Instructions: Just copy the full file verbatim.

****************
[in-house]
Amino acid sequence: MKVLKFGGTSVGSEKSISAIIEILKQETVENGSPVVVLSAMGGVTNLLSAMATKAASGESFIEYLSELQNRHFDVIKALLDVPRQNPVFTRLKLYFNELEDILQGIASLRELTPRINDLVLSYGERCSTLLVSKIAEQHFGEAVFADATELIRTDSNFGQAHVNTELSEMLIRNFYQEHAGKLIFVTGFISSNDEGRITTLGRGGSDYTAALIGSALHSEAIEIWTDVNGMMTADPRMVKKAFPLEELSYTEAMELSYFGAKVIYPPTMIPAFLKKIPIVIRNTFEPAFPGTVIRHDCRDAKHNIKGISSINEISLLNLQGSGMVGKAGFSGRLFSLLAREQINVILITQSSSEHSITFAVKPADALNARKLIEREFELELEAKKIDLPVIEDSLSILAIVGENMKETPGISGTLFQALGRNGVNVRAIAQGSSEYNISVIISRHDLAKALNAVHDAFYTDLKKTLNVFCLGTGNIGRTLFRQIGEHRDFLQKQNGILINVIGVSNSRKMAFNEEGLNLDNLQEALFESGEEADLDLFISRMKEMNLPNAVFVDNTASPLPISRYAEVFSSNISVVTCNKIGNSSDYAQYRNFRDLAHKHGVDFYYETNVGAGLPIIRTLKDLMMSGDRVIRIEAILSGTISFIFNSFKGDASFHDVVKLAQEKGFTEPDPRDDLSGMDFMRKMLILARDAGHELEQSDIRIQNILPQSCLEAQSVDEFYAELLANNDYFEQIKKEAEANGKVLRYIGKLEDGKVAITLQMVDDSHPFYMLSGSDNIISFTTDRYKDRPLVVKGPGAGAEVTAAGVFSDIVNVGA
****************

[in-house]
Amino acid sequence: MKVLKFGGTSVGSEKSISAIIEILKQETVENGSPVVVLSAMGGVTNLLSAMATKAASGESFIEYLSELQNRHFDVIKALLDVPRQNPVFTRLKLYFNELEDILQGIASLRELTPRINDLVLSYGERCSTLLVSKIAEQHFGEAVFADATELIRTDSNFGQAHVNTELSEMLIRNFYQEHAGKLIFVTGFISSNDEGRITTLGRGGSDYTAALIGSALHSEAIEIWTDVNGMMTADPRMVKKAFPLEELSYTEAMELSYFGAKVIYPPTMIPAFLKKIPIVIRNTFEPAFPGTVIRHDCRDAKHNIKGISSINEISLLNLQGSGMVGKAGFSGRLFSLLAREQINVILITQSSSEHSITFAVKPADALNARKLIEREFELELEAKKIDLPVIEDSLSILAIVGENMKETPGISGTLFQALGRNGVNVRAIAQGSSEYNISVIISRHDLAKALNAVHDAFYTDLKKTLNVFCLGTGNIGRTLFRQIGEHRDFLQKQNGILINVIGVSNSRKMAFNEEGLNLDNLQEALFESGEEADLDLFISRMKEMNLPNAVFVDNTASPLPISRYAEVFSSNISVVTCNKIGNSSDYAQYRNFRDLAHKHGVDFYYETNVGAGLPIIRTLKDLMMSGDRVIRIEAILSGTISFIFNSFKGDASFHDVVKLAQEKGFTEPDPRDDLSGMDFMRKMLILARDAGHELEQSDIRIQNILPQSCLEAQSVDEFYAELLANNDYFEQIKKEAEANGKVLRYIGKLEDGKVAITLQMVDDSHPFYMLSGSDNIISFTTDRYKDRPLVVKGPGAGAEVTAAGVFSDIVNVGA